Twice as many cases collapsed last year because of disclosure problems compared to five years ago when justice watchdogs reported on ‘corrosive impact’ of police and prosecutors failing to hand over key evidence to the defence. The Guardian yesterday reported that 1,648 cases collapsed over disclosure failures in the last 12 months– this compares to just 916 in 2017.
Defence lawyers claimed that the the courts system were ‘at breaking point’ and the that official figures might be ‘the tip of the iceberg’. It was the Liam Allan case that brought to public attention the crisis in the disclosure regime. The case against the 22 year old criminology student, who had been charged with 12 counts of rape and sexual assault, collapsed in 2017 three days into his trial at Croydon Crown Court.
The same year two watchdog bodies, Her Majesty’s Crown Prosecution Service Inspectorate and Her Majesty’s Inspectorate of Constabulary, found that the quality of disclosure by the police was ‘poor’ in more than four out of ten of cases (42%) and, in relation to the CPS handling, poor in one in three cases. ‘A failure to deal effectively with disclosure has a corrosive effect on the criminal justice system,’ commented HM Chief Inspector Kevin McGinty. ‘… The findings of this inspection will surprise no-one who works within the criminal justice system as there appears to be a culture of defeated acceptance that issues of disclosure will often only be dealt with at the last moment, if at all.’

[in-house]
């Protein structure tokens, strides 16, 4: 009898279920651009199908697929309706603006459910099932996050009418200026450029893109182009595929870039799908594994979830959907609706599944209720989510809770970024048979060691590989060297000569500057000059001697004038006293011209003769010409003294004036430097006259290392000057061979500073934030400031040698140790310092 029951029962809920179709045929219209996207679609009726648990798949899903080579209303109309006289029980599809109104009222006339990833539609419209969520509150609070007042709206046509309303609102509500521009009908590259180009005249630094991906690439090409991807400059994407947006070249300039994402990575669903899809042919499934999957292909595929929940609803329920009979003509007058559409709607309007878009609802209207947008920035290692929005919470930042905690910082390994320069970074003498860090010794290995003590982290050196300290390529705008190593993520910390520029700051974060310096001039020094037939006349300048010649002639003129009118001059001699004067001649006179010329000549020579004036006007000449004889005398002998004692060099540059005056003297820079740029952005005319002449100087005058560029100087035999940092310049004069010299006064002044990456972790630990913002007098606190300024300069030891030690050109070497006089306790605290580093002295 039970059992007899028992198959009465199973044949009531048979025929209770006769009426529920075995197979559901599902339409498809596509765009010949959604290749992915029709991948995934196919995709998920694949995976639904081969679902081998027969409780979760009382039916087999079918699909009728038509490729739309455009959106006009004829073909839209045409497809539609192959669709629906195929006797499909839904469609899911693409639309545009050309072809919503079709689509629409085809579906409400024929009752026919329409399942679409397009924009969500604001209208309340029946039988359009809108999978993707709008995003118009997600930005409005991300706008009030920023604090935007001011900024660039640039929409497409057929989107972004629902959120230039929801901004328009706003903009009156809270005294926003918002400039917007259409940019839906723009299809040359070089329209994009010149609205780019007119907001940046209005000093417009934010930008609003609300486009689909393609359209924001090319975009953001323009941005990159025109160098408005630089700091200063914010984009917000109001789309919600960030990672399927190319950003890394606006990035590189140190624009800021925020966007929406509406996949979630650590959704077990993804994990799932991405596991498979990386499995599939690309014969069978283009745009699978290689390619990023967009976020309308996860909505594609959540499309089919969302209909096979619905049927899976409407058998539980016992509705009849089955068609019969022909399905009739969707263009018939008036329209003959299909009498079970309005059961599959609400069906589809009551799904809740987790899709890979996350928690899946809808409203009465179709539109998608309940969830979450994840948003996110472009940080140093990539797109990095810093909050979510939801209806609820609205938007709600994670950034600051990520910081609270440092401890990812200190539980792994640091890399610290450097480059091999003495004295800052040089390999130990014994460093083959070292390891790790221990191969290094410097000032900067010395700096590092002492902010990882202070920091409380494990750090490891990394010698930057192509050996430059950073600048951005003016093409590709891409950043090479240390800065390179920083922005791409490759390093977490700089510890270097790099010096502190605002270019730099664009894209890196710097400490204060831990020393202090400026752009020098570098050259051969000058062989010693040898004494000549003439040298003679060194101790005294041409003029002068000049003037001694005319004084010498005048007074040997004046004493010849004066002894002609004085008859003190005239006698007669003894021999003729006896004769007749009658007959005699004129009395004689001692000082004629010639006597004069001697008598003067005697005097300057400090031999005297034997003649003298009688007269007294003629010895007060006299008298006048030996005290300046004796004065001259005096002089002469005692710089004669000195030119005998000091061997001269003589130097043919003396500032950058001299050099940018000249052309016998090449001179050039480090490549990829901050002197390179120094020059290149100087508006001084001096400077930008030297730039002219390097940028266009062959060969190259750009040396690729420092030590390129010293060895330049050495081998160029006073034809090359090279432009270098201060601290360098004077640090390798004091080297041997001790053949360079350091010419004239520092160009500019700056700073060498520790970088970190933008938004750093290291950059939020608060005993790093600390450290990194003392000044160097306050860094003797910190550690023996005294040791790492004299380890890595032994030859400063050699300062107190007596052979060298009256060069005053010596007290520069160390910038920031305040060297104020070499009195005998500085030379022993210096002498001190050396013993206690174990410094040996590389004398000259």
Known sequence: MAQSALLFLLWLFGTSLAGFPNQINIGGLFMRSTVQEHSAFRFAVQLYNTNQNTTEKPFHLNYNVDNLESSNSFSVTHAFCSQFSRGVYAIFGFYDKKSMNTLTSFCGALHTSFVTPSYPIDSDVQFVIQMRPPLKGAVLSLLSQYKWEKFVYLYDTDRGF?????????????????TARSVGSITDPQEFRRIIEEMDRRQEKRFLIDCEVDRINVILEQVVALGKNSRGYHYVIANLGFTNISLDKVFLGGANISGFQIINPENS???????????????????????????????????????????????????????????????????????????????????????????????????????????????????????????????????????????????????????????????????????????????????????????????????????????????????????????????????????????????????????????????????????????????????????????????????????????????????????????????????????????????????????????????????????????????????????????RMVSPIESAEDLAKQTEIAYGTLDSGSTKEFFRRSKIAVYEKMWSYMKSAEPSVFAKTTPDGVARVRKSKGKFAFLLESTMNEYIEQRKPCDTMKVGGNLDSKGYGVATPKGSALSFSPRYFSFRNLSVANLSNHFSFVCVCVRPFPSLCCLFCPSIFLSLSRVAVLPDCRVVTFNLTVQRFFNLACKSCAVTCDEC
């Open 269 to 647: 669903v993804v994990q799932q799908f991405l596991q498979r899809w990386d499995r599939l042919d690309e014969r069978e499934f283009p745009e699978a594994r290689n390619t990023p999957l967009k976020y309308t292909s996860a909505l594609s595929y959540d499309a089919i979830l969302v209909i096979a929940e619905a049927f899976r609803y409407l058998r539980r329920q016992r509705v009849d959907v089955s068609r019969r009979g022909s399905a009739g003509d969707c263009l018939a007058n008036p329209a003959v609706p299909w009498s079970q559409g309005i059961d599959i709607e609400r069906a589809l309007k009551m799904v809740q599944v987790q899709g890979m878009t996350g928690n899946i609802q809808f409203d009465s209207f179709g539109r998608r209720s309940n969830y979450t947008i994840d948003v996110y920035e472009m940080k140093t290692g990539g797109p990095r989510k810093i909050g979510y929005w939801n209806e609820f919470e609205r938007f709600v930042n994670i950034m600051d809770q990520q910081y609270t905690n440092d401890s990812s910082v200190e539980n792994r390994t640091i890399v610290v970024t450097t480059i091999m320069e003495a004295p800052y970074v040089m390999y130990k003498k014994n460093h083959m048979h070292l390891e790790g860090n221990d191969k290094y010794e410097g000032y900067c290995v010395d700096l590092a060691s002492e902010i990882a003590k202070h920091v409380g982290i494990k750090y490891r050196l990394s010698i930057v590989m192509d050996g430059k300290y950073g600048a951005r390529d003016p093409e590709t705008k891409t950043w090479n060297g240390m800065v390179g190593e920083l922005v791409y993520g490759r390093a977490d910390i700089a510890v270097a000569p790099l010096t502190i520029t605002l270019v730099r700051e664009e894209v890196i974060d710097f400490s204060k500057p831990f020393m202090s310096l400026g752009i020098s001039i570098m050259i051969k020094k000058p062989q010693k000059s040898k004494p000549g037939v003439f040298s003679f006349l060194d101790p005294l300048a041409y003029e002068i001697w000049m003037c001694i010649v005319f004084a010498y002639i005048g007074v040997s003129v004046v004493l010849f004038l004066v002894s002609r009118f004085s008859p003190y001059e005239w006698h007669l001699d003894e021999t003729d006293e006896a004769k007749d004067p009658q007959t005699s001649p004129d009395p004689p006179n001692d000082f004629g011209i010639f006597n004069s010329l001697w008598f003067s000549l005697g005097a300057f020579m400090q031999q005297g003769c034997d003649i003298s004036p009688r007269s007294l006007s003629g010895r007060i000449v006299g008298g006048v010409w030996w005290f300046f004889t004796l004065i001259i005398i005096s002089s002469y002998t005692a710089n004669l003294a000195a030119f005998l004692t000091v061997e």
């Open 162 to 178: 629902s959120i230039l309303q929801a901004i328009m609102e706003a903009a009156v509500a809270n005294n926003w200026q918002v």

The watchdogs’ findings were published on the same day as a major report into the infamous miscarriage of justice case: the Cardiff Three. Lynette White had been brutally murdered in a flat in Cardiff in 1988. The author of the report Sir Richard Horwell noted how disclosure problems had ‘blighted our criminal justice system for too long’ and that the public ‘must be utterly bemused’ as to why our justice system appears incapable of coping with a principle that was ‘long established and central to the tenets of fairness and justice’.
‘Chronic underfunding of the criminal justice system has led to understaffed and overworked police and prosecutors,’ Ed Johnston, a senior lecturer in law at the University of the West of England and co-editor of The Law of Disclosure: A Perennial Problem in Criminal Justice, told the paper. ‘We should consider taking this out of the hands of the police to allow them to concentrate on other aspects of their job.’
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